The 1960s and 1970s saw brands create diving watches for greater depths including the Rolex Sea-Dweller, Omega Ploprof, and the Seiko Diver’s 600M. The helium escape valve was pioneered in the 1960s by Rolex and Doxa, allowing watches to survive decompression periods.
Rolex and Omega have been trying to outdo each other with extreme dive watches for decades. For instance, in 2022, Omega introduced the Seamaster Planet Ocean Ultra Deep boasting water resistance of 6,000 meters. Rolex introduced the Deepsea Challenge a few months later, rated to an unprecedented depth of 11,000 meters.
What Makes a Dive Watch a Dive Watch?
To be considered a true dive watch, the timepiece has to include the following features:
- a minimum water depth rating of 100 meters (300 feet) – however, most modern luxury models have at least double that
- a diving time indicator – usually in the form of a unidirectional rotating bezel with a 60-minute scale on a high-end timepiece. A bezel that only turns in one direction is safer as it prevents the diver from underestimating how long he/she has been underwater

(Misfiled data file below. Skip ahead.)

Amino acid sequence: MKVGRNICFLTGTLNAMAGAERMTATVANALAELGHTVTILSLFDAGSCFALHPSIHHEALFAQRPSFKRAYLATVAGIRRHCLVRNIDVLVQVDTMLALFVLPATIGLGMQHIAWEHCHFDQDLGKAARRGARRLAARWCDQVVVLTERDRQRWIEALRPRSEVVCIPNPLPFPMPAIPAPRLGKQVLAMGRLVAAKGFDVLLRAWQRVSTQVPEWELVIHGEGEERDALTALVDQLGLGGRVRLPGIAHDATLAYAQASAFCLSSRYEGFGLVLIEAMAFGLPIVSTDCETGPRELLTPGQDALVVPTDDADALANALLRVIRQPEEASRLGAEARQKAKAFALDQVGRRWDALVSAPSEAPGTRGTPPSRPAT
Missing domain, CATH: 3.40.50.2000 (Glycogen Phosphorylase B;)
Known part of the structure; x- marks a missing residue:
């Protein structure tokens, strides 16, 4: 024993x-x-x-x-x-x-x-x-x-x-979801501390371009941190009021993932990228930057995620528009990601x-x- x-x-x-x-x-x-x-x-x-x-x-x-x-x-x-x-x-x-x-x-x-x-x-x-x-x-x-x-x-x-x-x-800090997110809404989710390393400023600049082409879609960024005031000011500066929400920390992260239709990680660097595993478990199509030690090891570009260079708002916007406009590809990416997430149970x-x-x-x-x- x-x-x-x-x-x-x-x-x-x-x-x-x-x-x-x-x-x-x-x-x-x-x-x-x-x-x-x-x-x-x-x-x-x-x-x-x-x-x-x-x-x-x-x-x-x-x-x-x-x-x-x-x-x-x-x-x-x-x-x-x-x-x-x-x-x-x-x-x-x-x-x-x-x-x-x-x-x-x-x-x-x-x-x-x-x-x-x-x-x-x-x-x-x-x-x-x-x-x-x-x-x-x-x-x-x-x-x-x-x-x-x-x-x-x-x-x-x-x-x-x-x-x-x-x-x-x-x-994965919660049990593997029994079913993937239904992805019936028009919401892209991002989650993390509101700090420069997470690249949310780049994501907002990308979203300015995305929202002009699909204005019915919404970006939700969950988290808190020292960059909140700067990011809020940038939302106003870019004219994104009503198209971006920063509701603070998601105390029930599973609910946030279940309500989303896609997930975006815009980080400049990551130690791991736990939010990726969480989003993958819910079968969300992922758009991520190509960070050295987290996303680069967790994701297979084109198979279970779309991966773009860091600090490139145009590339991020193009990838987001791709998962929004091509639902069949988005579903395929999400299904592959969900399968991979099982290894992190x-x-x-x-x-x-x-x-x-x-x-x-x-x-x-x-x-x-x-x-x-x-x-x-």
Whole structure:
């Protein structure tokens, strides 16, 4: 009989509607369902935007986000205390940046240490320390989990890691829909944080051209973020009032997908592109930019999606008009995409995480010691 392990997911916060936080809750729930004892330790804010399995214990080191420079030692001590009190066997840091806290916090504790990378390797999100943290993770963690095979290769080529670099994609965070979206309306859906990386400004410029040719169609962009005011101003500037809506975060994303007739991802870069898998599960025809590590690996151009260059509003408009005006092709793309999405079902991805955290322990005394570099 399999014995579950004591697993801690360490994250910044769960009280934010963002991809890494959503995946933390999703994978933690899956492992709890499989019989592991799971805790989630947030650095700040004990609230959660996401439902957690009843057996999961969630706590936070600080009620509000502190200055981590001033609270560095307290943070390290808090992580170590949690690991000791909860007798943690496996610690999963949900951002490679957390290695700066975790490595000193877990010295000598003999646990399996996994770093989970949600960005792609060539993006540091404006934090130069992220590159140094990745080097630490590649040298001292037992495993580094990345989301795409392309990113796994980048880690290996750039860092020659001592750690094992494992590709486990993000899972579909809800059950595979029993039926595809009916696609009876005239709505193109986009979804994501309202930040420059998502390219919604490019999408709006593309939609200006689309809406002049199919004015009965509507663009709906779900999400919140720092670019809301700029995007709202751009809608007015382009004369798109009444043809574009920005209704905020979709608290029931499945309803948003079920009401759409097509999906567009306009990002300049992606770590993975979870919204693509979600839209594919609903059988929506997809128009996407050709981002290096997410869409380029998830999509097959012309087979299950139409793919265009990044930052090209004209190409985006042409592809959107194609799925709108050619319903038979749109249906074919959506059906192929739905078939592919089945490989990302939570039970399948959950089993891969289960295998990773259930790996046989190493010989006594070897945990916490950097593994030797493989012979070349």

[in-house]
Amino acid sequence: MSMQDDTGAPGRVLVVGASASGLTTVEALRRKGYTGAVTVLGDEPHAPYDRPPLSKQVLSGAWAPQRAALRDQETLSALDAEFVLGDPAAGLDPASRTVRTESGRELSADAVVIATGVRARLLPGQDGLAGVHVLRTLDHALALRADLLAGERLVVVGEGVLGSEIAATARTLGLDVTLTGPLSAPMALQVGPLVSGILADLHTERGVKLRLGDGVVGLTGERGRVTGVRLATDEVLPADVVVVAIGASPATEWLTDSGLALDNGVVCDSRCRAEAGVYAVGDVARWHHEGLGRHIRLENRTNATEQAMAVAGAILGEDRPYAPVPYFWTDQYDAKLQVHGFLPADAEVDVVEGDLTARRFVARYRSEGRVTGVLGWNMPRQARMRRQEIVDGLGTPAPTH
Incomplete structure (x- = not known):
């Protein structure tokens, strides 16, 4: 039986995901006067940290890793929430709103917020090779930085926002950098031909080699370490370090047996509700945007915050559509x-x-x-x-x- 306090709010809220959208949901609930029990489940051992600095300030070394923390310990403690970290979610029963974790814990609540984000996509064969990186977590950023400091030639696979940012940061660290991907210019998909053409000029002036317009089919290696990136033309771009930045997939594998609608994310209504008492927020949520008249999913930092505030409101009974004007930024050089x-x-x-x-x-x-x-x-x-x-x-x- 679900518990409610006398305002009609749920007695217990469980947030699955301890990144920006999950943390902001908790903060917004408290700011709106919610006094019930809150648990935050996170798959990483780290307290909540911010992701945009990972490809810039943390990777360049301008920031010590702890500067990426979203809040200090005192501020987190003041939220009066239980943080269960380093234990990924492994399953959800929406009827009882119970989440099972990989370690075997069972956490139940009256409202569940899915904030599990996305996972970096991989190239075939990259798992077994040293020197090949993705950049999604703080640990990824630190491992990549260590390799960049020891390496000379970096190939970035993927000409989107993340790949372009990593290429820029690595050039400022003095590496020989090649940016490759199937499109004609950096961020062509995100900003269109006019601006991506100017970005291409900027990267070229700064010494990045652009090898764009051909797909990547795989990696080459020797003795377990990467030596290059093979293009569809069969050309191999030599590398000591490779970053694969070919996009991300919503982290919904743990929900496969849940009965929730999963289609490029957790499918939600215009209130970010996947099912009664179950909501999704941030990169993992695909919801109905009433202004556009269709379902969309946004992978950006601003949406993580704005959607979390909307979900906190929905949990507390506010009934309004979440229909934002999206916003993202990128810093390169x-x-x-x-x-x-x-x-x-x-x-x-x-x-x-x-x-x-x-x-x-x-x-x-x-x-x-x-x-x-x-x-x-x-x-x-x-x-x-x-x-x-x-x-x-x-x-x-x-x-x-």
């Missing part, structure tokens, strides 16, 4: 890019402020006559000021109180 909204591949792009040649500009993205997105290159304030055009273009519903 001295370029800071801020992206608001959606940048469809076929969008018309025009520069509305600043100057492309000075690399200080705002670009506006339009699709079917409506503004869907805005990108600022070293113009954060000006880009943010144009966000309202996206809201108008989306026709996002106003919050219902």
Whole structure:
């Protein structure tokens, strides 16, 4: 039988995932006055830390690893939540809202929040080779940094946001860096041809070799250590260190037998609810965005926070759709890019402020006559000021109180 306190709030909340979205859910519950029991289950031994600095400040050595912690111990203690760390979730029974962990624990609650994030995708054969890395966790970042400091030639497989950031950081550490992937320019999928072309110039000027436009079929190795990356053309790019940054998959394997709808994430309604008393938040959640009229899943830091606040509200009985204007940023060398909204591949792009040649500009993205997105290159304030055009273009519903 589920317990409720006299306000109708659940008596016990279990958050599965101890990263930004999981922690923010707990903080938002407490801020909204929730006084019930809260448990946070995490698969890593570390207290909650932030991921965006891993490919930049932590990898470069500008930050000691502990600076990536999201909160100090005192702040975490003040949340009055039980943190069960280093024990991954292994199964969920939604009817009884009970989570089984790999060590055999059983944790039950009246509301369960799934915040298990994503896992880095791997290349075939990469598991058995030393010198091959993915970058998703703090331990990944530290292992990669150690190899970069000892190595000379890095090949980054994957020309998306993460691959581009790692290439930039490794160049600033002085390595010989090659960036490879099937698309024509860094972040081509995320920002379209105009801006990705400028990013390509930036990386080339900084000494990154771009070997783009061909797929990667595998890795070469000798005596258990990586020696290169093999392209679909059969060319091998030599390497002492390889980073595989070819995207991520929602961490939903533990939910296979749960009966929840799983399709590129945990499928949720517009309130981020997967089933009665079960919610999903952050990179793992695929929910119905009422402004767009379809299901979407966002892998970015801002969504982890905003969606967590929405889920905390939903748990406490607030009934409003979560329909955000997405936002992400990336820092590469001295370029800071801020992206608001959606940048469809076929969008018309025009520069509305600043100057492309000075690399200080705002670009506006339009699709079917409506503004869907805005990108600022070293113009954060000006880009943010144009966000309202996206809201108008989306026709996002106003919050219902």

- a dial and bezel with luminous accents for easy reading underwater
- an indication that the watch is running (such as a seconds hand) and this indication must be visible in total darkness (with lume)
Some of the most popular modern luxury dive watches on the market today include the following:
- Rolex Submariner
- Tudor Black Bay
- Omega Seamaster Diver 300M
- Blancpain FiftyFathoms
- Royal Oak Offshore Diver
- Panerai Submersible
- Breitling Superocean
- IWC Aquatimer
- TAG Heuer Aquaracer
ISO 6425 Standard
The ISO 6425 standard (first published in 1982 and the most current edition released in 2018) identifies the minimum requirements and test methods for divers’ watches. While most dive watches on the market are not ISO 6425 certified (some watchmakers simply choose not to apply for the standard certification but still adhere to the criteria) some are.
A few ISO 6425-compliant models include:
- Jaeger-LeCoultre Polaris Mariner
- Calibre de Cartier Diver
- Omega Seamaster Planet Ocean Ultra Deep
- Grand Seiko Spring Drive SBGA461
What is the Bezel on a Dive Watch for?